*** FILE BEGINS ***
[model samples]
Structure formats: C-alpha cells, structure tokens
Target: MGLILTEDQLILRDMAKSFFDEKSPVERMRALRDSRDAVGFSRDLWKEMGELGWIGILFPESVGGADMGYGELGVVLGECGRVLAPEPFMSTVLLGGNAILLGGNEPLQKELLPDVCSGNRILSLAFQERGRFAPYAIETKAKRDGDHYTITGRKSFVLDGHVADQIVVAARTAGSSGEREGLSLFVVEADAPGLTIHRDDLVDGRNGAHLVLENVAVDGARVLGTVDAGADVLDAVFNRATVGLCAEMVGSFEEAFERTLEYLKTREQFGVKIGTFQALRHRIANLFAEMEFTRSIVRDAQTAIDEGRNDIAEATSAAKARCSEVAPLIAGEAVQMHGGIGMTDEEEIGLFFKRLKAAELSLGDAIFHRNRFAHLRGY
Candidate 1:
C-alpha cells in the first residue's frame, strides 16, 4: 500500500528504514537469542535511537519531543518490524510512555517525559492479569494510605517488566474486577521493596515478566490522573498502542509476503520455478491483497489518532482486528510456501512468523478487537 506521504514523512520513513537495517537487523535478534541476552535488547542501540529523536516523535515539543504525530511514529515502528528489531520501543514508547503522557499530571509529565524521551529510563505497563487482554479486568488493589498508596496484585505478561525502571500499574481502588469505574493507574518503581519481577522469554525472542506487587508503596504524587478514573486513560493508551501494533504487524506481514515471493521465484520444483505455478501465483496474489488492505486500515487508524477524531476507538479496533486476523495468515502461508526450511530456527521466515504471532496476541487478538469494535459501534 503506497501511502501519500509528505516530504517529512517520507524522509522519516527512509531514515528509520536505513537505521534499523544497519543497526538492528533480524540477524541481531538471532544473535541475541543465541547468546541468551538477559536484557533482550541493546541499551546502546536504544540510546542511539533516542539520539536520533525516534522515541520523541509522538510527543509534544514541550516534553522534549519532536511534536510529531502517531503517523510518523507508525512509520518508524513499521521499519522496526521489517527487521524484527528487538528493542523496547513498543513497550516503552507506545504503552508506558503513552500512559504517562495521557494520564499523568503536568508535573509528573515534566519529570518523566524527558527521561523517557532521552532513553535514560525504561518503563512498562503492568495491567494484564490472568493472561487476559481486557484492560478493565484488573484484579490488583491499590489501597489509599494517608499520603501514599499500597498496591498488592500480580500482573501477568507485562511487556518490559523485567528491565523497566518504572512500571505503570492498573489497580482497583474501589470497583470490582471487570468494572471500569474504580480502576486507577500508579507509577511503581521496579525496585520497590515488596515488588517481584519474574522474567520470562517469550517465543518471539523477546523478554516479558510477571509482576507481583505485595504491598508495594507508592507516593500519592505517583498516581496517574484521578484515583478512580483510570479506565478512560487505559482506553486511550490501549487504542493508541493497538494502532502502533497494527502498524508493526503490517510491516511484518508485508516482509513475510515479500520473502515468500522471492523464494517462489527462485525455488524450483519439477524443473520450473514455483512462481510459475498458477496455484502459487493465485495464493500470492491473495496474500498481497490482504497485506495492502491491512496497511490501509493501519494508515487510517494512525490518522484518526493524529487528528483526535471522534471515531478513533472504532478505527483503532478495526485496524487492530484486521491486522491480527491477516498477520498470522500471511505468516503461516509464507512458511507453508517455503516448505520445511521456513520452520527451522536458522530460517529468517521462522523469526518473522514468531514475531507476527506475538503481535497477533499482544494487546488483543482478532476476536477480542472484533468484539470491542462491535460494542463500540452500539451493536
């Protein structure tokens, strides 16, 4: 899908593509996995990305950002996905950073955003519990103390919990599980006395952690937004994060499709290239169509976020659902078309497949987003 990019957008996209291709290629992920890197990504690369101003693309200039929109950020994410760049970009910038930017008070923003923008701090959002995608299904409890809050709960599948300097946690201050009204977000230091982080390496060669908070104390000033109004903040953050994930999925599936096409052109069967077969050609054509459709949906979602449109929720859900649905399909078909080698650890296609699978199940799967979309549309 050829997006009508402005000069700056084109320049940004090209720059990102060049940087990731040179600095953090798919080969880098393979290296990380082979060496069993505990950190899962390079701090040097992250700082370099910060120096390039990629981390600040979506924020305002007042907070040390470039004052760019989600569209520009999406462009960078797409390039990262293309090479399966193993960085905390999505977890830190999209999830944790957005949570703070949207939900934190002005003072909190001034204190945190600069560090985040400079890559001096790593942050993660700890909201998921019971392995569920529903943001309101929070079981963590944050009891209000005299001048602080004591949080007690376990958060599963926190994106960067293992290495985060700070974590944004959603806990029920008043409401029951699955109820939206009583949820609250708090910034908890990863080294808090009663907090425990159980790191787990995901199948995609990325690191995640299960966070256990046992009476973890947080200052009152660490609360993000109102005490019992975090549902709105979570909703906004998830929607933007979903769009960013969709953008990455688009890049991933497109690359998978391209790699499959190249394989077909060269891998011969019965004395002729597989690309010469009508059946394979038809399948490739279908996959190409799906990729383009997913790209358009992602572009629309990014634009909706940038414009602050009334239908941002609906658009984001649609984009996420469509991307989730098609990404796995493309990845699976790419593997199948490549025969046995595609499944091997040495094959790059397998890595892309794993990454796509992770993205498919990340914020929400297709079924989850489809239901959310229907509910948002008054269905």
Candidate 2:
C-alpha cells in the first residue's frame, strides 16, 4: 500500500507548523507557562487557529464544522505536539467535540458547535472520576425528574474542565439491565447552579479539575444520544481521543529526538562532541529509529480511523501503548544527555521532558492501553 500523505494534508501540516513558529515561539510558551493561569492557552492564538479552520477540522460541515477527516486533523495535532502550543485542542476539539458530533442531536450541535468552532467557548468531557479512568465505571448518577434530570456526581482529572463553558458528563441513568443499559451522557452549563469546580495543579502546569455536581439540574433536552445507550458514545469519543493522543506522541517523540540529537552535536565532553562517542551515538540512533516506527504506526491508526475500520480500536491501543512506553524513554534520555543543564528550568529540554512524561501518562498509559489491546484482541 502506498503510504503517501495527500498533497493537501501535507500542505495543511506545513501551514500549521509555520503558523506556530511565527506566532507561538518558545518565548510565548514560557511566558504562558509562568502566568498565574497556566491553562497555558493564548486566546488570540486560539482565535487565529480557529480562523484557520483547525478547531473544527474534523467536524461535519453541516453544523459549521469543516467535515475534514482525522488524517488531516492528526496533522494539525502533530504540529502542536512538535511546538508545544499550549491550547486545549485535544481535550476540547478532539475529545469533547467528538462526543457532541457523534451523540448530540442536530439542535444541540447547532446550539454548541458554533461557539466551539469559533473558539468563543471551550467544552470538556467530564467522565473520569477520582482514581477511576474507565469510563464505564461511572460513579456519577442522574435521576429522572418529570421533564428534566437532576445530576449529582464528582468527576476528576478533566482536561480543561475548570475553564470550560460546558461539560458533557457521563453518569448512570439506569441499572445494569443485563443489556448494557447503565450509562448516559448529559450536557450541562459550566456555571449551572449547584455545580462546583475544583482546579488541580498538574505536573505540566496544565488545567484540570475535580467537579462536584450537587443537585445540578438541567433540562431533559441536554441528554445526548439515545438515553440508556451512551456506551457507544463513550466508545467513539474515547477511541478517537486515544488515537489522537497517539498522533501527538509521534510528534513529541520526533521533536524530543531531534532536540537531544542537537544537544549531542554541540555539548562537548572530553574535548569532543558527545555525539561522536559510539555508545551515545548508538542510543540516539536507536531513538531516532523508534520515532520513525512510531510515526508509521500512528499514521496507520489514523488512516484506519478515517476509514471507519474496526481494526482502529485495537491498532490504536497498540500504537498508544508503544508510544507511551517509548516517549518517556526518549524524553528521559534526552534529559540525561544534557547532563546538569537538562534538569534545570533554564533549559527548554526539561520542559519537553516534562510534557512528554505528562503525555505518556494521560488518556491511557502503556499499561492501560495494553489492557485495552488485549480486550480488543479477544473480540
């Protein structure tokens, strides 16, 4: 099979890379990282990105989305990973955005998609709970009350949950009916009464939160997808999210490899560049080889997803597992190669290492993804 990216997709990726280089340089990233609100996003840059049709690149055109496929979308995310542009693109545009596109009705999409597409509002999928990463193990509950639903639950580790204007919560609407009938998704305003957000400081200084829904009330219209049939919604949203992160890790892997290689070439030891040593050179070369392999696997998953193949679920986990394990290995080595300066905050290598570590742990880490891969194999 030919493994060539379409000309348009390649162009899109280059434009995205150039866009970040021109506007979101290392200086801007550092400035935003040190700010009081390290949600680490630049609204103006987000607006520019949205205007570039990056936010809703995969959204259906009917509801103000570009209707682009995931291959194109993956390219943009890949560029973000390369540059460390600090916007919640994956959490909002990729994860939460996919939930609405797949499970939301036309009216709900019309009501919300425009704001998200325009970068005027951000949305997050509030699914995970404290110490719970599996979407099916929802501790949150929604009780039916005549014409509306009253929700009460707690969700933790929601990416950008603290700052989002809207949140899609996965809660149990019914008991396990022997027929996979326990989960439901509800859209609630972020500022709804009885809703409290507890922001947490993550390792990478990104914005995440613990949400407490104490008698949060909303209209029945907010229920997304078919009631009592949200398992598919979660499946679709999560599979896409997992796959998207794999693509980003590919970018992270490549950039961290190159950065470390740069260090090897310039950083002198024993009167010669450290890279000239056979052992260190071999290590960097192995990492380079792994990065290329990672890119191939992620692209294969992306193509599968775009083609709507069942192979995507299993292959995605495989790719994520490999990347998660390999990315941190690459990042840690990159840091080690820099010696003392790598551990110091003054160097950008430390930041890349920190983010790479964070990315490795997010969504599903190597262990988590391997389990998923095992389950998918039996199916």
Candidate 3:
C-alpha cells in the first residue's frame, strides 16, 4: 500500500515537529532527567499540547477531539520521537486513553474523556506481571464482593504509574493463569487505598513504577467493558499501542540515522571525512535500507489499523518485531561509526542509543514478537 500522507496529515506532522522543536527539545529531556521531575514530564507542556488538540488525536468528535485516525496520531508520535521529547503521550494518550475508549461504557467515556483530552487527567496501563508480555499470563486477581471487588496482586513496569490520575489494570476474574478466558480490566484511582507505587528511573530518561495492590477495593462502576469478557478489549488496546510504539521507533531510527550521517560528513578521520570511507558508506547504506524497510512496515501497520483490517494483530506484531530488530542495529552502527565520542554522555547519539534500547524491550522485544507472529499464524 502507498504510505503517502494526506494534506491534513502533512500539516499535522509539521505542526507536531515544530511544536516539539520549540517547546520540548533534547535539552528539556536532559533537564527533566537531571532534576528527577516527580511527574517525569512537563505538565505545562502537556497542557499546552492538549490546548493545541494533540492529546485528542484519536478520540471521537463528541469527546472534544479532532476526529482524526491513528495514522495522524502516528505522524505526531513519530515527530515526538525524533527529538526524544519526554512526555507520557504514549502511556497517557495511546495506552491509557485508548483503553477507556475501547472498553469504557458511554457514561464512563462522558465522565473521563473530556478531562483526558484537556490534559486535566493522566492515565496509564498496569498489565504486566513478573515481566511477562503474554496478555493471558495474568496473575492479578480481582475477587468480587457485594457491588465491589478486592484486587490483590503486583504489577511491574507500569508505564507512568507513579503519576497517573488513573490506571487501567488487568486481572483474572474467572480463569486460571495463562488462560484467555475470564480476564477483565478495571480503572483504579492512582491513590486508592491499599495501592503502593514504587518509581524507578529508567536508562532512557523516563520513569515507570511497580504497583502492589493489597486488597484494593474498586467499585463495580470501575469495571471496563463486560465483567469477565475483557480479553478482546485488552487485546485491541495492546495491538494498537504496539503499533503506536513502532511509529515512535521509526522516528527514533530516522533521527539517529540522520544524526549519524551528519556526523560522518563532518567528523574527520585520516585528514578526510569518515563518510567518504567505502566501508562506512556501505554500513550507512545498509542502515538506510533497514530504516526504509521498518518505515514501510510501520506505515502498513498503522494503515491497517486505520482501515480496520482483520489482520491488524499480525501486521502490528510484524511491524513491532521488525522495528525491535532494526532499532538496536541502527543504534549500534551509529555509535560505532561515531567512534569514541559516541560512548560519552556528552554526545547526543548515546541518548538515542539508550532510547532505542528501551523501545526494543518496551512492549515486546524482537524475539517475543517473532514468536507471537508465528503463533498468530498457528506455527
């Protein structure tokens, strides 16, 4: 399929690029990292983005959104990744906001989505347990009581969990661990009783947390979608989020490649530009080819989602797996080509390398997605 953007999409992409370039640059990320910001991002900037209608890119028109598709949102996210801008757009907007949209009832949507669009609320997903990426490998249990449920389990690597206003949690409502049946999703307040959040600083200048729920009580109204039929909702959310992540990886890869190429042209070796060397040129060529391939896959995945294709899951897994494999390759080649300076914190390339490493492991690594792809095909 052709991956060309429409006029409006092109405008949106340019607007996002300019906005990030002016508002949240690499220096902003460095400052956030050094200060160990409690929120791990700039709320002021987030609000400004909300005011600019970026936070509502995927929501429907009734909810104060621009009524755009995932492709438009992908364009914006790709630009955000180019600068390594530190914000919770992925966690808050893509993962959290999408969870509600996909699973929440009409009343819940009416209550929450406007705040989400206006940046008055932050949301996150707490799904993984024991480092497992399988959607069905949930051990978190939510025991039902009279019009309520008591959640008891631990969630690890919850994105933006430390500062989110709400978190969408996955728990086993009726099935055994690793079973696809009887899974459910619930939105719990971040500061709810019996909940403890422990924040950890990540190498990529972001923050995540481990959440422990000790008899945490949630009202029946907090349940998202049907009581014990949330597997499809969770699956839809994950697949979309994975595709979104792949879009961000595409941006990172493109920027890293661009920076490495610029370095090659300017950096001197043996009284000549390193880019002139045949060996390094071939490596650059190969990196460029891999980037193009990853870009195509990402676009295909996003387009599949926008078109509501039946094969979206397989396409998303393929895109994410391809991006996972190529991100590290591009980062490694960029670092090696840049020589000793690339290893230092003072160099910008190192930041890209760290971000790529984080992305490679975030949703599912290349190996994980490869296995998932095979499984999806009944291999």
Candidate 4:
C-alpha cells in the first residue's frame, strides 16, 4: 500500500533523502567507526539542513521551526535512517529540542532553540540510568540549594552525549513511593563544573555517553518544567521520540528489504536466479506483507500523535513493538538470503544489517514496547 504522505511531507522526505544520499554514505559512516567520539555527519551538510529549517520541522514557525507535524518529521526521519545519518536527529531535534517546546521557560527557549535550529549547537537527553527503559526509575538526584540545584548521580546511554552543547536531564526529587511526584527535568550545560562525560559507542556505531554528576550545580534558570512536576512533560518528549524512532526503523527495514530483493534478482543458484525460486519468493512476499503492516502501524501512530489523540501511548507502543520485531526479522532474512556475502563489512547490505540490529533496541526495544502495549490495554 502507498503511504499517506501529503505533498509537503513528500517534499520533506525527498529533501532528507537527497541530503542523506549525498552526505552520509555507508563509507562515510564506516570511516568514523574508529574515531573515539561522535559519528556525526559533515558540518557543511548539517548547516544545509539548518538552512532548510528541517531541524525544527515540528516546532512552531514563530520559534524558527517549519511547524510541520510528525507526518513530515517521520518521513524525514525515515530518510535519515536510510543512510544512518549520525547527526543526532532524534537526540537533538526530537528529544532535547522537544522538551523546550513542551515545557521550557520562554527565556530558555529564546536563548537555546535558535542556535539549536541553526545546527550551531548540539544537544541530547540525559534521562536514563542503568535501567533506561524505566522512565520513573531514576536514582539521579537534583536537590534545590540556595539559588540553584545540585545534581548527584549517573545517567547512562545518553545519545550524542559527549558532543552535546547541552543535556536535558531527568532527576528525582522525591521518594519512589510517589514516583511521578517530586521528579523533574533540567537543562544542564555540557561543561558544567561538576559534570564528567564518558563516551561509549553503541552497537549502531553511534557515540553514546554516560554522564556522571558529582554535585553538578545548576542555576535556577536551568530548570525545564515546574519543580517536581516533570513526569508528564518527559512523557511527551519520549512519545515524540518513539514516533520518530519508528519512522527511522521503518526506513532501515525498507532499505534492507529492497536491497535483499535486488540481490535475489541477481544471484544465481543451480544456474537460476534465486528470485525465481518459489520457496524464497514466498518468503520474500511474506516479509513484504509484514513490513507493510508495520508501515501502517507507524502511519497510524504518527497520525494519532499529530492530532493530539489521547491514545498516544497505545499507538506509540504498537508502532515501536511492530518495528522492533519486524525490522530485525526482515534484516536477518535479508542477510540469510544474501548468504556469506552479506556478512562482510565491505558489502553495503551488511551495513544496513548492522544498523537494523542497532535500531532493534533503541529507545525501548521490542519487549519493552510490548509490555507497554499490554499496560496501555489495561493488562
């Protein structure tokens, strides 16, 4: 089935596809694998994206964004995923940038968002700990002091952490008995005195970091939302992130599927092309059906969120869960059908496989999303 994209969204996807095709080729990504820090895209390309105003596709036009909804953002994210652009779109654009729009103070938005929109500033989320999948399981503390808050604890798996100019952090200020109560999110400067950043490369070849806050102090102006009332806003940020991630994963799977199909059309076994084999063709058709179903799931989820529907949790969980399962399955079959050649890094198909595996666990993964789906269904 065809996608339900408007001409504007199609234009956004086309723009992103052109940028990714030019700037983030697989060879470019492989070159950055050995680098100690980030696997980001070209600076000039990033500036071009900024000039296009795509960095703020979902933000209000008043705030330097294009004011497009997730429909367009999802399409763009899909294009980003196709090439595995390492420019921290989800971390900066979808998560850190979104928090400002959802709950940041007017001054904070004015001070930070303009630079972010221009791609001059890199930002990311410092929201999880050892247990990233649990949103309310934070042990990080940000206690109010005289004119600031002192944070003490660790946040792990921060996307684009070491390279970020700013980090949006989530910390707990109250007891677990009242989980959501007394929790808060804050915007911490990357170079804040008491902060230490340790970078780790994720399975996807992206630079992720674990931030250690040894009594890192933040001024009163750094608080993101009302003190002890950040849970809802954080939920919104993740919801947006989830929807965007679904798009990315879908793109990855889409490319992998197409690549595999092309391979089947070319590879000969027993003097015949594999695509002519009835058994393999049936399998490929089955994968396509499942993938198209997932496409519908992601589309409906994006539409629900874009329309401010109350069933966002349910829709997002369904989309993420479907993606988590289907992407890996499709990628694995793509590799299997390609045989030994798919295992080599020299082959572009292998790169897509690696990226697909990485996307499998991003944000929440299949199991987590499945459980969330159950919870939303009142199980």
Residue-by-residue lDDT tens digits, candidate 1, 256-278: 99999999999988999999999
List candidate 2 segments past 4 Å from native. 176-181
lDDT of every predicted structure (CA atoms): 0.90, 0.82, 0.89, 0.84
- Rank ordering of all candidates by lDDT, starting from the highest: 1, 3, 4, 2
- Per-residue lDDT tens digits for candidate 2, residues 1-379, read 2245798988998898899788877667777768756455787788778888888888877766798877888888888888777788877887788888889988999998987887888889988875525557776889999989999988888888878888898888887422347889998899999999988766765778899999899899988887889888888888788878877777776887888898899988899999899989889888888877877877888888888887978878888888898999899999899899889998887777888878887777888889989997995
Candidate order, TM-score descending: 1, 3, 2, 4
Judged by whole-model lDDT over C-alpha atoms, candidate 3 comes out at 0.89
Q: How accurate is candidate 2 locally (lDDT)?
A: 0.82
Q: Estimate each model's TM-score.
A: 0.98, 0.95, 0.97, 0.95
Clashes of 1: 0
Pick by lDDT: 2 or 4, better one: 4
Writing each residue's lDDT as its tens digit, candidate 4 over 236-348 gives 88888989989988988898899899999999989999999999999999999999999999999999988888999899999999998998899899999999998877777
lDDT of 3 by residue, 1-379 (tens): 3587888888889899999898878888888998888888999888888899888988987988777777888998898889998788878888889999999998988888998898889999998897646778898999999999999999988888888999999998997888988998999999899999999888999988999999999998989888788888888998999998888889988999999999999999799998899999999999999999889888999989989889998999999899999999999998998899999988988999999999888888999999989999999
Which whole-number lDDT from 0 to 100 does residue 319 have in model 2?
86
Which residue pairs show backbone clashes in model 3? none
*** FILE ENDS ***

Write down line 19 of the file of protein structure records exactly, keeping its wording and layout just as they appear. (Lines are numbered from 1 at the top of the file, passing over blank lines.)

- Rank ordering of all candidates by lDDT, starting from the highest: 1, 3, 4, 2